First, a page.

The Different forms of Rent applicable to commercial leases in Cambodia

The commercial real estate market has growth significantly in recent years with the development of various commercial premises and the introduction or planned introduction of many international brands such as Shangri-La, Rosewood Hotels, Nike, Starbucks, Krispy Kreme, and Carl’s Jr.


In this respect, it should be mentioned that there is no specific regulations covering commercial leases in Cambodia. The tenant who decides to operate a commercial premise will be entitled to execute a standard lease or a perpetual lease. 

A perpetual lease will be signed only if the landlord owns a hard title and if the term of the lease is between 15 and 50 years. If not, the lease will be considered as a standard lease. In both cases, a main concern for landlords and tenants is the amount of the rent. 

Generally, the rent is a fixed amount agreed between landlord and tenant and which corresponds to the rental value of the premises, i.e. the market value. 

The Civil Code does not include any definition of the rental value. However, in practice, the parties will generally take into account the location, surface area, characteristics of the premises, type of business operated on the premises, terms, and conditions of the lease and the work that needs to be carried out before being able to open the premises. 

Consequently, by signing the lease, the parties agree on the amount of the rent and the rental value as at the execution date of the lease. 

While having a fixed rent is a common practice, there are two others forms of rent which can be considered: step-up rent and variable rent.

Step-up rent is rent that will increase progressively with specific amounts on pre-determined dates. The opposite is a step-down rent which provides for specified rent decreases at certain future dates. 

Step-up rent is generally granted by landlords who want to grant a rent-free period or to provide a reduction of rent for the first years in order to facilitate the opening of the tenant’s business and, in particular, by contributing to the costs of the tenant’s fit-out work on the premises.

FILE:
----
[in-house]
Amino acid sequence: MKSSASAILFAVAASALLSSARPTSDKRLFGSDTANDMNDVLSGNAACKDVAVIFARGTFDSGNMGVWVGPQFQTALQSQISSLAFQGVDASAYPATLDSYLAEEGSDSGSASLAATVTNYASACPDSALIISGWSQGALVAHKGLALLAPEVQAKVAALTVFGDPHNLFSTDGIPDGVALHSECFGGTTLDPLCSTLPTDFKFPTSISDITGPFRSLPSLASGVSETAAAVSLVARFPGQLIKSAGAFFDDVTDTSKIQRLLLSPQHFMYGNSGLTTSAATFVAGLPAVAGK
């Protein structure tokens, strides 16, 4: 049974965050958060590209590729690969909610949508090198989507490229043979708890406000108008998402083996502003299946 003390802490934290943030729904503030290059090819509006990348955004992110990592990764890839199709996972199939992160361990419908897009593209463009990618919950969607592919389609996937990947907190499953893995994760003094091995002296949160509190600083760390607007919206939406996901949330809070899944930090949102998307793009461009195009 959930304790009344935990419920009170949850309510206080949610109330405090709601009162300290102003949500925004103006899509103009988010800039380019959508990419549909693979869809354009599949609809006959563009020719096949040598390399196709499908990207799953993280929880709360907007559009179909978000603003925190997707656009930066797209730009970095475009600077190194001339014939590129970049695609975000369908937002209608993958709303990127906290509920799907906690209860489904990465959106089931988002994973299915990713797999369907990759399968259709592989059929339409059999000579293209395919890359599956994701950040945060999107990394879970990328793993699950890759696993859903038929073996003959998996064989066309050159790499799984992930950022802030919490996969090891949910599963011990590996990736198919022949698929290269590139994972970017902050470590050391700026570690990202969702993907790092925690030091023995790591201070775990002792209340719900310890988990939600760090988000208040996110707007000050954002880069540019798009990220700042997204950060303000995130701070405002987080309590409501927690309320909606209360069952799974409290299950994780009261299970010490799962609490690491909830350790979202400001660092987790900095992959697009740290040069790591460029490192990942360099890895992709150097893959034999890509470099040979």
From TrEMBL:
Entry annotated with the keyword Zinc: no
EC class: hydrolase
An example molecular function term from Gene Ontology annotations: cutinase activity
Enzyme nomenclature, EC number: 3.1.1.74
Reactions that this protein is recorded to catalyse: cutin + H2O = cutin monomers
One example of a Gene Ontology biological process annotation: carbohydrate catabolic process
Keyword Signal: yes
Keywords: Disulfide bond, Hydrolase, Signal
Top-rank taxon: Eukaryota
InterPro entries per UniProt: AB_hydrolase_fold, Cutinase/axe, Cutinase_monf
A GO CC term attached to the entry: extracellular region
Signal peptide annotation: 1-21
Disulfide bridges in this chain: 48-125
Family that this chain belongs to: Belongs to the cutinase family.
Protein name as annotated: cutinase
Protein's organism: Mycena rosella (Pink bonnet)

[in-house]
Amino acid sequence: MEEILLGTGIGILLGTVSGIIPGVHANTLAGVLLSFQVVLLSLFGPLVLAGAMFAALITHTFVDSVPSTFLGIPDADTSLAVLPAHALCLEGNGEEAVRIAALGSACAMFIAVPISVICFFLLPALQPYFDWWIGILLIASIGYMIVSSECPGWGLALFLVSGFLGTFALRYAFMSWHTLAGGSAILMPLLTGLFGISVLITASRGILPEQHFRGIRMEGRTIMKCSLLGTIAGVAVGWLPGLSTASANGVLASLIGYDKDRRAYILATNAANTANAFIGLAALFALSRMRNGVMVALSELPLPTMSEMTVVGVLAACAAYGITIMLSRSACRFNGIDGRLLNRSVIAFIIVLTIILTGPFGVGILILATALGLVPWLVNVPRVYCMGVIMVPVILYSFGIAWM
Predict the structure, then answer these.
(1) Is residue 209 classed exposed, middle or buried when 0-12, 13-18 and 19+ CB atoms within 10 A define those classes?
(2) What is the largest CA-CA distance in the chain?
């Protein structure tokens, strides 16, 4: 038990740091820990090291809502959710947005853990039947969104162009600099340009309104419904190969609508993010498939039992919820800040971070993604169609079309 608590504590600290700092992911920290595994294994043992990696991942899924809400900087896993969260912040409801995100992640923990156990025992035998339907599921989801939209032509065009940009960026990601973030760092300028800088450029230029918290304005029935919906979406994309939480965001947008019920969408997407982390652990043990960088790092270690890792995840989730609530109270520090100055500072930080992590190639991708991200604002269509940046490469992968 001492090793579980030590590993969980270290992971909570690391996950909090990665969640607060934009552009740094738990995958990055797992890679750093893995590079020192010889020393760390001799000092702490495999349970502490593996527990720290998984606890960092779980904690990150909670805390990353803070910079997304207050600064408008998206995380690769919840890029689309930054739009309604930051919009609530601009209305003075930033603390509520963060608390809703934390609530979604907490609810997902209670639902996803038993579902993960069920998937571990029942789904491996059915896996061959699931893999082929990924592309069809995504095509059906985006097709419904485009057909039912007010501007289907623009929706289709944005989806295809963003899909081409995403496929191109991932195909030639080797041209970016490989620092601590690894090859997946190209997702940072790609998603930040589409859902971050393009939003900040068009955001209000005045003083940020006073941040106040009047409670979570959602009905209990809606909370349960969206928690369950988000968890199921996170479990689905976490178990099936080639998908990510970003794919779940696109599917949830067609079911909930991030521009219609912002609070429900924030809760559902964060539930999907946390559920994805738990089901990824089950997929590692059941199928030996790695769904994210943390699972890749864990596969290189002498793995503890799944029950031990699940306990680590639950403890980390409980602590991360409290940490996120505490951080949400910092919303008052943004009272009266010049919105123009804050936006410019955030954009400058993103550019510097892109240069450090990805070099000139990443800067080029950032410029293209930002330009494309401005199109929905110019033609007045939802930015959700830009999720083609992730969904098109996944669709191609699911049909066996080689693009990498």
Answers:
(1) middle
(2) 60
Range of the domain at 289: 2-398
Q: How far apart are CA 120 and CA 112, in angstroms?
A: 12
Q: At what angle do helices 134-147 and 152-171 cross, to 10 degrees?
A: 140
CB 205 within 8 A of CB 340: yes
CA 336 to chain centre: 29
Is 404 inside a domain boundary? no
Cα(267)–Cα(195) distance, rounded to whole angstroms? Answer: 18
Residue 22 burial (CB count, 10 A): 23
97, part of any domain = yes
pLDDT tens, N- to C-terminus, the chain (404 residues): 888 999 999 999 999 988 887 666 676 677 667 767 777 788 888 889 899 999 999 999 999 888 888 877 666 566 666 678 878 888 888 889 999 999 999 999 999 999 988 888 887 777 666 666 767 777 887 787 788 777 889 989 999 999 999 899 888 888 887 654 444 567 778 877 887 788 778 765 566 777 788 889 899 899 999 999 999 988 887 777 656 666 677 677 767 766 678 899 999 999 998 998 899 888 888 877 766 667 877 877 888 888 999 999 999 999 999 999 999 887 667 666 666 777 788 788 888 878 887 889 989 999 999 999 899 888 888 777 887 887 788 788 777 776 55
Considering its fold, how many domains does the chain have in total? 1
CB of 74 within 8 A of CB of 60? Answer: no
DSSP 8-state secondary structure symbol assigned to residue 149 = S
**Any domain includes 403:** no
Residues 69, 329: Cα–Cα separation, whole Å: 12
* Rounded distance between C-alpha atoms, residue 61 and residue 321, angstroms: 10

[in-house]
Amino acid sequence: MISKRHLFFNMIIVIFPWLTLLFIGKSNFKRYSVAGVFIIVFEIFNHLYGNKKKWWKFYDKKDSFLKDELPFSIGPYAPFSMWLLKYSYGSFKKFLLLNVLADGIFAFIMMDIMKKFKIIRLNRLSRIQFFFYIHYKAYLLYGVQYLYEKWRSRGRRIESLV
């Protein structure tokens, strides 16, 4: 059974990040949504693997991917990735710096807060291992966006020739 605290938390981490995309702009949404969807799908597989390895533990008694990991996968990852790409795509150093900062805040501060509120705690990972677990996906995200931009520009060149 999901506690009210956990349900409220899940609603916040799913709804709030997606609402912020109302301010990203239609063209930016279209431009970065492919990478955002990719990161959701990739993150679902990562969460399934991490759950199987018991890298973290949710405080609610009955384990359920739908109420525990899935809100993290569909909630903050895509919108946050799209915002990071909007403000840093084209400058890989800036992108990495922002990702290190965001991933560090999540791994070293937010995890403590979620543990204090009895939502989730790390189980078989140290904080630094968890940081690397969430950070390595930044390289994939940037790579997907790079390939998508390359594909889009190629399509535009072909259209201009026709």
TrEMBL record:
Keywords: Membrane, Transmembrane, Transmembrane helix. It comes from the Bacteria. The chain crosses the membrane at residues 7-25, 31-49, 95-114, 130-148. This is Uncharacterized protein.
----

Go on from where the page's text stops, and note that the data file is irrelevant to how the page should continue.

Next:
These different forms of rent are purely created by practice and, as the parties are free to determine the amount of the rent, the drafting of the lease will be essential to properly set, calculate and regulate the rent. 

Furthermore, instead of having a fixed rent or a step-up rent, the parties can also choose to have a variable rent based on the turnover performed by the tenant within the rented premises. 

There are two forms of variable rent: (i) a full variable rent based on a percentage of the turnover or (ii) a minimum fixed rent with a variable rent based on a percentage of the turnover if the turnover of the tenant exceeds a cap agreed to by the parties. 

This practice is common especially in shopping malls and hotels. By having a variable rent, the interests of the landlord and the tenant will align as they share the risks and the rewards of the tenant’s business. When turnover increases, rent will increase. When turnover decreases, rent will decrease. It can be a win-win system for tenants and landlords if arranged properly. 

In addition, if the parties decide to have variable rent, the lease must clearly mention how to calculate it and which elements are taken into account when calculating the tenant’s turnover. 

For example, we saw in recent years that the habits of consumers are changing and that e-commerce (i.e. buying online) is growing quickly all over the world and, of course, also in Cambodia. Indeed, a significant number of sales are now made on the internet compared to even a few years ago where the sales and purchases were made only at shops. Therefore, the lease should clearly state whether or not online sales will be calculated as part of the tenant’s turnover. Generally, e-commerce is not included in the tenant’s turnover even if the customer collects its purchases from the store. Therefore, it is recommended to mention in the lease that the turnover from e-commerce which can be associated with the rented premises will be included in the tenant’s turnover used for the calculation of the variable rent. 

Please note that the choice of rent can have other implications as well that must be considered, including tax implications which must be reviewed before signing a lease. While discussion of these other implications is not included in this article, both landlord and tenant should be mindful of all potential implications of any commercial lease. 

It is important that the lease includes precise and comprehensive provisions in order to avoid any ambiguity regarding the rent, such as the specific calculations of turnover in case of variable rent. In this respect, it is highly recommended for the parties to request the assistance of a lawyer for receiving advice related to the advantages and disadvantages of different rent choices as well as for the drafting of the lease to ensure that the will of the parties is realized and that each party’s rights will be enforceable under the law.

ON THE AUTHORS ING Sophealeak and Charles AMAR, lawyers at Bun & Associates, advise domestic and foreign clients seeking expert advice and innovative solutions in dealing with significant and complex transactions involving both raw and developed properties. Their work includes advising on all issues relating to real estate investment, project development, construction and asset management. Our real estate team has also hands-on expertise and experience in advising clients on matters related to economic land concessions, special economic zones, agriculture, the environment and mining.

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